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Working Abroad

Many doctors travel to the UK to work. The NHS is one of the most well-renowned health services in the world, and as a result, the migration of health workers is very high. However, the immigration of health workers is only half the story, with thousands of doctors emigrating to places such as New Zealand, Australia, the US, and EU every year.


Moving Abroad

Medical qualifications are often described as passports to the world, but it can still require a great deal of preparation and expense to relocate to a different country. Global health policy now places a heavy focus on the free movement of doctors across the world, with many recent articles and news coverage highlighting the inherent problems experienced by both non-UK-trained doctors working in the NHS, and UK expatriates working overseas.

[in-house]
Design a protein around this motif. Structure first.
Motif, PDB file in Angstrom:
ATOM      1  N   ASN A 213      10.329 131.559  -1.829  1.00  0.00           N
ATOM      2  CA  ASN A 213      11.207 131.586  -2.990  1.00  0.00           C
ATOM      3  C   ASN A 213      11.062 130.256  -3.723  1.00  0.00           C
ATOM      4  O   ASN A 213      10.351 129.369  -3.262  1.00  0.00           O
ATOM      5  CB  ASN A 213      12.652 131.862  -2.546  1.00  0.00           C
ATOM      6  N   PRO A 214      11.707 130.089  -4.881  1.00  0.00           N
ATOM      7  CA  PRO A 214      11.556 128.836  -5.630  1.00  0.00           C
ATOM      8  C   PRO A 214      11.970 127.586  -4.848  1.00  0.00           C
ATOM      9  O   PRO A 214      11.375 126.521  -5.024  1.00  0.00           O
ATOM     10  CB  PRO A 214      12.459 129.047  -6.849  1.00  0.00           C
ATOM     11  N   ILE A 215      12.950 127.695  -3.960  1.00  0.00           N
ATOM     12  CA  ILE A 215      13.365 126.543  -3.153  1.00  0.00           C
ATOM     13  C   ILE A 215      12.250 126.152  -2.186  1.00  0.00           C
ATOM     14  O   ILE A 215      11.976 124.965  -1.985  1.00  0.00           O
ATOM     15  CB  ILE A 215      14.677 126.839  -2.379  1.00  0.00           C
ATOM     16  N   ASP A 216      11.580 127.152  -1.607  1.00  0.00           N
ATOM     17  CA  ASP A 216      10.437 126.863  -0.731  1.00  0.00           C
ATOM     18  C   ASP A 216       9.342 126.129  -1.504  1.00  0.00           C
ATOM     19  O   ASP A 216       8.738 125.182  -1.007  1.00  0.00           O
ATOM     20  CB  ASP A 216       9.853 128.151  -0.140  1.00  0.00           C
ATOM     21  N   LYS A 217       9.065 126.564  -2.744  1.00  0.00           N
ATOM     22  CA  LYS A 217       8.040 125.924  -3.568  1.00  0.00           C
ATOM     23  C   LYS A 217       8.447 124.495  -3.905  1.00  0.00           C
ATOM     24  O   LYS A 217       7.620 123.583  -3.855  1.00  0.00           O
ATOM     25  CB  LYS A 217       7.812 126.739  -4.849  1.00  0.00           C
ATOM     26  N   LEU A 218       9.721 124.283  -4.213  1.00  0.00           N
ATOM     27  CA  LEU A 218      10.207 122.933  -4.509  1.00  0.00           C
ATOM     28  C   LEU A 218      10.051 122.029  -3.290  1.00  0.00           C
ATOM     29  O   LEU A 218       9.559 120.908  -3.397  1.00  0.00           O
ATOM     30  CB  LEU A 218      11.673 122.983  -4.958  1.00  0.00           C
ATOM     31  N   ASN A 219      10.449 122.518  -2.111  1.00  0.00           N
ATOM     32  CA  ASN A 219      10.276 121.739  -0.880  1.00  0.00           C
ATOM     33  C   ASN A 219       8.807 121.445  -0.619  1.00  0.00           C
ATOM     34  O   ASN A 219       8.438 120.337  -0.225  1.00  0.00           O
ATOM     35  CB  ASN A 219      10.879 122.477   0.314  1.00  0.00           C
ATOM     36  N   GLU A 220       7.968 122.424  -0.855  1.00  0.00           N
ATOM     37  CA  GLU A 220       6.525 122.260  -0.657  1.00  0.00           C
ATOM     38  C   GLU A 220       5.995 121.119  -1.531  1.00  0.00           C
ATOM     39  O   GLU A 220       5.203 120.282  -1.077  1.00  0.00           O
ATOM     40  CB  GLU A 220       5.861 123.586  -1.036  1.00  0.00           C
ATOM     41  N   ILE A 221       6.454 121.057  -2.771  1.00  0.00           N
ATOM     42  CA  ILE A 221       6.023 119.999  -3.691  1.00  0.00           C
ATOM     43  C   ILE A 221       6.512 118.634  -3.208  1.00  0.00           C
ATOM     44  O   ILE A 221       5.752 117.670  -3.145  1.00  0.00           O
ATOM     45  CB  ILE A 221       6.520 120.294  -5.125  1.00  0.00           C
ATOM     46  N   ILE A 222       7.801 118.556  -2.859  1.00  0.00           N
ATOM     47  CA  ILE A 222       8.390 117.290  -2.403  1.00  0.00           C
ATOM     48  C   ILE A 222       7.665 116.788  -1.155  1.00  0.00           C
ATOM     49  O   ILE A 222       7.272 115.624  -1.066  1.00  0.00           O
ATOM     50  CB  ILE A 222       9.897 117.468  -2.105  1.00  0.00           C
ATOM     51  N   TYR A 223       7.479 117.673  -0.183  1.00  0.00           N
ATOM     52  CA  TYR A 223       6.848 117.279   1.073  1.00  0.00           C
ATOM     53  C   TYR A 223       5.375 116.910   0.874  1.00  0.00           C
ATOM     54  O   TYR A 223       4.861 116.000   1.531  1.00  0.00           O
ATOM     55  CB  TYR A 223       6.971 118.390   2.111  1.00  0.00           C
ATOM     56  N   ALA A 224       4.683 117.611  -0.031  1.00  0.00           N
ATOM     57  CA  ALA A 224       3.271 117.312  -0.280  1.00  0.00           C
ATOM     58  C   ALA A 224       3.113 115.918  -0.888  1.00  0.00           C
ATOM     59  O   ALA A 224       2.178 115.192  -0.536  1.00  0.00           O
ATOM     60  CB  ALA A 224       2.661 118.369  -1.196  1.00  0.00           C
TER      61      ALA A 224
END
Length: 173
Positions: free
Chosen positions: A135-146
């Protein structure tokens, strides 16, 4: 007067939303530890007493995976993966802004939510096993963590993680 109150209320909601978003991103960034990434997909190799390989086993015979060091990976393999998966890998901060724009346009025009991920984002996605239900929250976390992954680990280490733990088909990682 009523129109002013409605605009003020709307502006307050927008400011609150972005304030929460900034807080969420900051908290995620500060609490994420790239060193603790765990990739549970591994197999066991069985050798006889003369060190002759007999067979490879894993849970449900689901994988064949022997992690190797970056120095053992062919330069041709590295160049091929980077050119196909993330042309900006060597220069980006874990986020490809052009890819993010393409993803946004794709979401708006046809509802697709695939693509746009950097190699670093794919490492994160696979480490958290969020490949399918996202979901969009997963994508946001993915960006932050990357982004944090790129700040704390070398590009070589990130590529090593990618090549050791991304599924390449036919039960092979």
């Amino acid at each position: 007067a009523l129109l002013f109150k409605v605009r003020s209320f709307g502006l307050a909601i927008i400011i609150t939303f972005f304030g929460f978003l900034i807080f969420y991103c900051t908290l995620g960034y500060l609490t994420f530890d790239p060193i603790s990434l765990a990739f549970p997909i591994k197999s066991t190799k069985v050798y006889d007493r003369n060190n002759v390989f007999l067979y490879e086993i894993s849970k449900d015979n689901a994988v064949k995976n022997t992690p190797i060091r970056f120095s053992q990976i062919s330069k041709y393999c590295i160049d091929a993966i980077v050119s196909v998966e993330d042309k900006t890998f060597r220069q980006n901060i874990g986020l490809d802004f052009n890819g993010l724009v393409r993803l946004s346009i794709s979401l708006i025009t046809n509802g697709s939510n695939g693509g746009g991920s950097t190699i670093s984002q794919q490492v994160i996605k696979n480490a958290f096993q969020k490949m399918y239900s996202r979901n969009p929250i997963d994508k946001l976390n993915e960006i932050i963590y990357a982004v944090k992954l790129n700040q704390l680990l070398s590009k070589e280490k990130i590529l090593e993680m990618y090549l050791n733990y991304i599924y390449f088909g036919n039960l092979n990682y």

Before a doctor moves abroad, either permanently or temporarily, they should attempt to learn as much about the healthcare system in their destination country as possible. Not only is it good practice to understand the culture of another country, but there are likely to be expenses associated with re-registration.

Doctors may also have to provide proof of address, proof of language requirements, and evidence of any personal indemnity requirements.

Despite the exact figures for emigration of UK doctors, a recent study found that many outgoing UK doctors return for a period of time to work again in the NHS. With that in mind, doctors should make every effort to ensure they are following the guidelines of both the GMC and the validation body in their destination country. Like many careers, medicine is becoming an international vocation, and the movement of doctors between different nations is becoming ever more common. As such, many doctors move multiple times, and following all guidelines makes such migration much simpler.

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